Tuesday, February 28, 2012

Results of SOP, TWSP and TDM

Sorry for my absence. I was traveling around lately. Generally the quarterly results of plantation counters were more or less within my expectations. 4Q might not be as good as 3Q owing to lesser production caused by the rainy season and floods coupled with slightly lower CPO average price. Nonetheless, one of the more disappointing ones is SOP. 

SOP only managed to obtain net profit of only RM43mil in 4Q compared to RM75mil in 3Q. The reason for the huge drop was owing to a delay in delivery of CPO committed to a buyer, according to Maybank. However, the delivery will be recognized in 1Q2012 instead. SOP share price had risen substantially over the past few months, PER at around 11.2x currently. Further upside? Maybe, but seems quite fairly valued IMO, less upside. It's better to switch to other cheaper plantation counters instead. 

TWSP net profit was boosted by its one-off bargain purchase gain of RM18.4mil from acquisition of Mardec. Excluding that, net profit should be around RM80mil, lower than its 3Q net profit of RM99mil owing to lower palm oil prices and higher fertilizer costs. Assuming profit of RM317mil (excluding one-off gain) for FY2011, PER should be around 8.8x based on diluted EPS of 50 sen. Still attractive fundamentally, but shares are weak and illiquid for now, lacking in buyers. Can consider accumulating on weakness.

TDM quarterly results were better than TWSP and SOP. Net profit achieved was RM44mil for 4Q2011. Total net profit at RM157mil for FY2011 or EPS of 66.3 sen. PER 2011 is only at 7.2x coupled with net cash of more than RM220mil. Thus, there's still plenty of upside to come. By valuing TDM at PER of 10x, its stock price should exceed RM6.00 per share.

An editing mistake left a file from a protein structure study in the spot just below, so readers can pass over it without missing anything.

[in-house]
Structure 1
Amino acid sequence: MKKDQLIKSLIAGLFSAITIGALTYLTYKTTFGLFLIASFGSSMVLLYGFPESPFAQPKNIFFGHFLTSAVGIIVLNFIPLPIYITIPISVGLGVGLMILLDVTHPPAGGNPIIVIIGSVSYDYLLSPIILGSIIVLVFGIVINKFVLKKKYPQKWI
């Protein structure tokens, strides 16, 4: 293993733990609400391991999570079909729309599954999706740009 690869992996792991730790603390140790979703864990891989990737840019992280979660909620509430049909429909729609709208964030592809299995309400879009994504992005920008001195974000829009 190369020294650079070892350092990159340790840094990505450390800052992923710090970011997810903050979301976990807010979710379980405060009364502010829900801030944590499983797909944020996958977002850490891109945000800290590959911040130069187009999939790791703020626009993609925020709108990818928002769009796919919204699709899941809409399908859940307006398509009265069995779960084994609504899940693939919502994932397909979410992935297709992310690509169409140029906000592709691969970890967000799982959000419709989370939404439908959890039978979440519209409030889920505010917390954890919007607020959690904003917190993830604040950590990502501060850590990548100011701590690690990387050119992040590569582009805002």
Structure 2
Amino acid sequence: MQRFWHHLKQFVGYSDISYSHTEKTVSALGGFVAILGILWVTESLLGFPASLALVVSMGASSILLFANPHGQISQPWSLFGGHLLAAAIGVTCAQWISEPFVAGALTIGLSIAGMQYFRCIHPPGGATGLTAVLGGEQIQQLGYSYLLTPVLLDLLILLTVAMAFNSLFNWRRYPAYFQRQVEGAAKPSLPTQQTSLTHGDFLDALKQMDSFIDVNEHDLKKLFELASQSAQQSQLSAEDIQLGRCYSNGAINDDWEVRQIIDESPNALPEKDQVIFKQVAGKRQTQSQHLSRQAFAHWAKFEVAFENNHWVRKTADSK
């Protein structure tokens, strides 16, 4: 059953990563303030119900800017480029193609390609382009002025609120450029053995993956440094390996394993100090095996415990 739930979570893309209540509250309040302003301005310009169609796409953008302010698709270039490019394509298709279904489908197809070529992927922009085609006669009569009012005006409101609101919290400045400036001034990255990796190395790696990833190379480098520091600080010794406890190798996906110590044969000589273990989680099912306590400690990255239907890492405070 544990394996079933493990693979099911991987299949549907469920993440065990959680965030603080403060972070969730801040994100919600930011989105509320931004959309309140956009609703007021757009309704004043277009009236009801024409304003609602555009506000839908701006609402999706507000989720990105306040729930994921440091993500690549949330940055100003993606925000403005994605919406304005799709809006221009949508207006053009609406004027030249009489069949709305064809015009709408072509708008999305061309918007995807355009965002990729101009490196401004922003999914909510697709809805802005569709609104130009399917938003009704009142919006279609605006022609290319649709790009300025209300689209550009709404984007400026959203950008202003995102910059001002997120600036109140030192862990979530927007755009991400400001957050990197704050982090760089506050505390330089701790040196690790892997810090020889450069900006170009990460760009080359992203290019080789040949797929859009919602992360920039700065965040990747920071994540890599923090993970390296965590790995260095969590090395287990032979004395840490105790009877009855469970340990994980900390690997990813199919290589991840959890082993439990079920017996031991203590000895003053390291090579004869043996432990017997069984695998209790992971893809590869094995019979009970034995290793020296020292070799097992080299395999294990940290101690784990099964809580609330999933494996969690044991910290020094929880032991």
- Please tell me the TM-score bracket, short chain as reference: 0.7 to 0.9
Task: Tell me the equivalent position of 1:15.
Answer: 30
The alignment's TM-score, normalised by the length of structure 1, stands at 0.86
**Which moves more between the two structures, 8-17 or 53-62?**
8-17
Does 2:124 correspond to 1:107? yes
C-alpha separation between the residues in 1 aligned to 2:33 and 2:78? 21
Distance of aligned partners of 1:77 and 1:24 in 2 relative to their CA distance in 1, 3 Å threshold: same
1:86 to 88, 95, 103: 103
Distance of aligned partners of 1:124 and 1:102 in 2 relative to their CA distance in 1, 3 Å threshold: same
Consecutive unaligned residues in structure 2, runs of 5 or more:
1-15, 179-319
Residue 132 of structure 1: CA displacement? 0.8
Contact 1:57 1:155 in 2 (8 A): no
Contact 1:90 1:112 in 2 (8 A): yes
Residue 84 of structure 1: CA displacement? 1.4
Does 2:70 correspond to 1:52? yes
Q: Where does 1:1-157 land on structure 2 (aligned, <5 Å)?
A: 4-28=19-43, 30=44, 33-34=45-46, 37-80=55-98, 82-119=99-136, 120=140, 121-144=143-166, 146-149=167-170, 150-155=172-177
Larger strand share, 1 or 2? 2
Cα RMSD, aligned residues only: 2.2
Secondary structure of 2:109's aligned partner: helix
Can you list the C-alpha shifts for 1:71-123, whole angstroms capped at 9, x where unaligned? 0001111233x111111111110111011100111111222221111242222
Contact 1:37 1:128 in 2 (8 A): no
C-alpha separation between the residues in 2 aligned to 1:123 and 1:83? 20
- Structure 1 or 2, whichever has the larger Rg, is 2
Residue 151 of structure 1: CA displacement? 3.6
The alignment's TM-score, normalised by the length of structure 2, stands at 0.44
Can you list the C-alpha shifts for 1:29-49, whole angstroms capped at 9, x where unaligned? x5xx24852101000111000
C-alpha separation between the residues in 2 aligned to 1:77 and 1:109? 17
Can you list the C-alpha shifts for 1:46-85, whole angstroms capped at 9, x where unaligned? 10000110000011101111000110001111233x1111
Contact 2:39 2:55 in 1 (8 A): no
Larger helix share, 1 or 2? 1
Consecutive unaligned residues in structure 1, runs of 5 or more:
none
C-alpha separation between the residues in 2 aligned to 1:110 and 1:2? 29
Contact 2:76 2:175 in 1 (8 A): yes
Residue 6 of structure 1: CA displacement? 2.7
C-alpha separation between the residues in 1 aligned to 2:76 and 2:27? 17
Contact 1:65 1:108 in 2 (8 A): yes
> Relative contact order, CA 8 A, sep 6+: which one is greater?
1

Other stocks worth looking at: Mudajaya, Coastal, Kim Loong, BLD Plantation and Kfima owing to their attractive valuations. 

Friday, February 10, 2012

Top 10 Plantation Stocks Summary Table (Based on Mkt Cap)

Just read CIMB's report on regional plantation sector being upgraded to trading buy from neutral. Hap Seng Plantations is the cheapest in KLSE according to CIMB. I think a more appropriate phrase should be "the cheapest plantation counter IN OUR COVERAGE" as many of you might have known there are way cheaper plantation counters out there with lower valuations and higher growth prospects (available land, existing immature plantations etc). In the list above, HSPlnt has the lowest immature plantation hectarage and little available land for plantation, thus where is the growth coming from? Continue searching for available land (expensive land and another few years of waiting to bear fruit) or acquiring existing plantations (even more expensive)? Anyway, just something for you to chew on.

Maybank initiating report on TWS. Report mentioned sugar division almost free? Hmm...Not exactly, it comes at a price as well in the form of borrowings. Anyhow, TWS' equity stake in Bernas and TWSP should account for about RM2.87bil out of its total mkt cap of RM3.1bil. By attaching PER of 14x to its sugar division's profit of RM190mil, TWS should be valued at RM5.53bil. Minus off its debt of around RM800mil (excluding TWSP and Bernas debts which have been accounted for in their market values), TWS' fair value should be around RM4.7bil, or RM16.00 per share.

TDM seems to be going through correction now, but will be temporary as it's still trading at very cheap valuations. This would be an opportunity for you to pick up for long term investment.

Happy investing! 

Wednesday, February 8, 2012

"Why China's housing market will slow, not collapse" By Nin-Hai Tseng

A less negative article about China's housing market, contrary to many views that China's heading for a hard landing:  


There's plenty of reason to believe China's housing prices will slide during what's expected to be a rocky economic year, but the market won't crash. Here's why.

FORTUNE – China's hot property market and its implications on the global economy has been on the minds of many investors, and for good reason.

In January, Barclays published its latest Skyscraper Index report, which tracks links between the rise in construction of tall buildings and economic busts over the past 140 years. This could be purely coincidental, but the index suggests that the East Asian giant is the world's "biggest bubble builder," and is on its way to an economic bust. China already has half of the world's existing skyscrapers (or buildings higher than 240 meters). And it plans to add more over the next several years.

However, let's not read into this too much. It's true, as Barclays notes, that the Great Depression coincided with the construction of three landmark skyscrapers across Manhattan: 40 Wall Street completed in 1929, followed by the Chrysler Building in 1930, and the Empire State Building in 1931.